As a general rule, liquids and electronics don’t mix. One liquid bucks that trend, though, and can contribute greatly to the longevity of certain circuits: oil. Dielectric oil cools and insulates everything from the big mains transformers on the pole to switchgear in the substation. But what about oil for smaller circuits?
[Lord_of_Bone] was curious to see if an oil-cooled Raspberry Pi is possible, and the short answer is: for the most part, yes. The experimental setup seen in the video below is somewhat crude — just a Pi running Quake 3 for an hour to really run up the CPU temperature, which is monitored remotely. With or without heatsinks mounted, in free air the Pi ranges from about 50°C at idle to almost 70°C under load, which is pretty darn hot. Dunking the Pi in a bath of plain vegetable oil, which he admits was a poor choice, changes those numbers dramatically: 37°C at idle and an only warmish 48°C after an hour of gaming. He also tested the Pi post-cleaning, which is where he hit a minor hiccup. The clean machine started fine but suffered from a series of reboots shortly thereafter. Twelve hours later the Pi was fine, though, so he figures a few stray drops of water that hadn’t yet evaporated were to blame.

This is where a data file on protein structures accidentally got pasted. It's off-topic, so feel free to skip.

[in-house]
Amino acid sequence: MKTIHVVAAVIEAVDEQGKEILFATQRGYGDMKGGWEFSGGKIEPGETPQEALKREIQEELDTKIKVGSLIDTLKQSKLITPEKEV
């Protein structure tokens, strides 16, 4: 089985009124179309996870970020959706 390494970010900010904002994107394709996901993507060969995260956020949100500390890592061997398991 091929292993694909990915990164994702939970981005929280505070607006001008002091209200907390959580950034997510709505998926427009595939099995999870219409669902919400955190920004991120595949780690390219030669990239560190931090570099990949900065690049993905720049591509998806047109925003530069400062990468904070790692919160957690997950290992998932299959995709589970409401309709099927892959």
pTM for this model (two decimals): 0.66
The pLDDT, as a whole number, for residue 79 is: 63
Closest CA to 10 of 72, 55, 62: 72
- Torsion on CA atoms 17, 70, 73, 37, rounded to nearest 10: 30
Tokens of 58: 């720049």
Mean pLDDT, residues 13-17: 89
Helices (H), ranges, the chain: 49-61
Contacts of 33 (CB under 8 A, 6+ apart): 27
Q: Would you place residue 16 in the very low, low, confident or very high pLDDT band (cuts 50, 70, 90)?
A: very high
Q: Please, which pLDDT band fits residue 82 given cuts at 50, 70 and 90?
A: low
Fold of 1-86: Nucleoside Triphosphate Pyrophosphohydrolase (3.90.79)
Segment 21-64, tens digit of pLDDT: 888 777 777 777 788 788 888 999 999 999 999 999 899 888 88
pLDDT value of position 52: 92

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Stop breadboarding and soldering – start making immediately! Adafruit’s Circuit Playground is jam-packed with LEDs, sensors, buttons, alligator clip pads and more. Build projects with Circuit Playground in a few minutes with the drag-and-drop MakeCode programming site, learn computer science using the CS Discoveries class on code.org, jump into CircuitPython to learn Python and hardware together, or even use Arduino IDE. Circuit Playground Express is the newest and best Circuit Playground board, with support for MakeCode, CircuitPython, and Arduino. It has a powerful processor, 10 NeoPixels, mini speaker, InfraRed receive and transmit, two buttons, a switch, 14 alligator clip pads, and lots of sensors: capacitive touch, IR proximity, temperature, light, motion and sound. A whole wide world of electronics and coding is waiting for you, and it fits in the palm of your hand.
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Python for Microcontrollers — The Top Programming Languages 2019 – Python tops the charts with a CircuitPython nod! #Python #Adafruit #CircuitPython #PythonHardware @circuitpython @micropython @ThePSF @Adafruit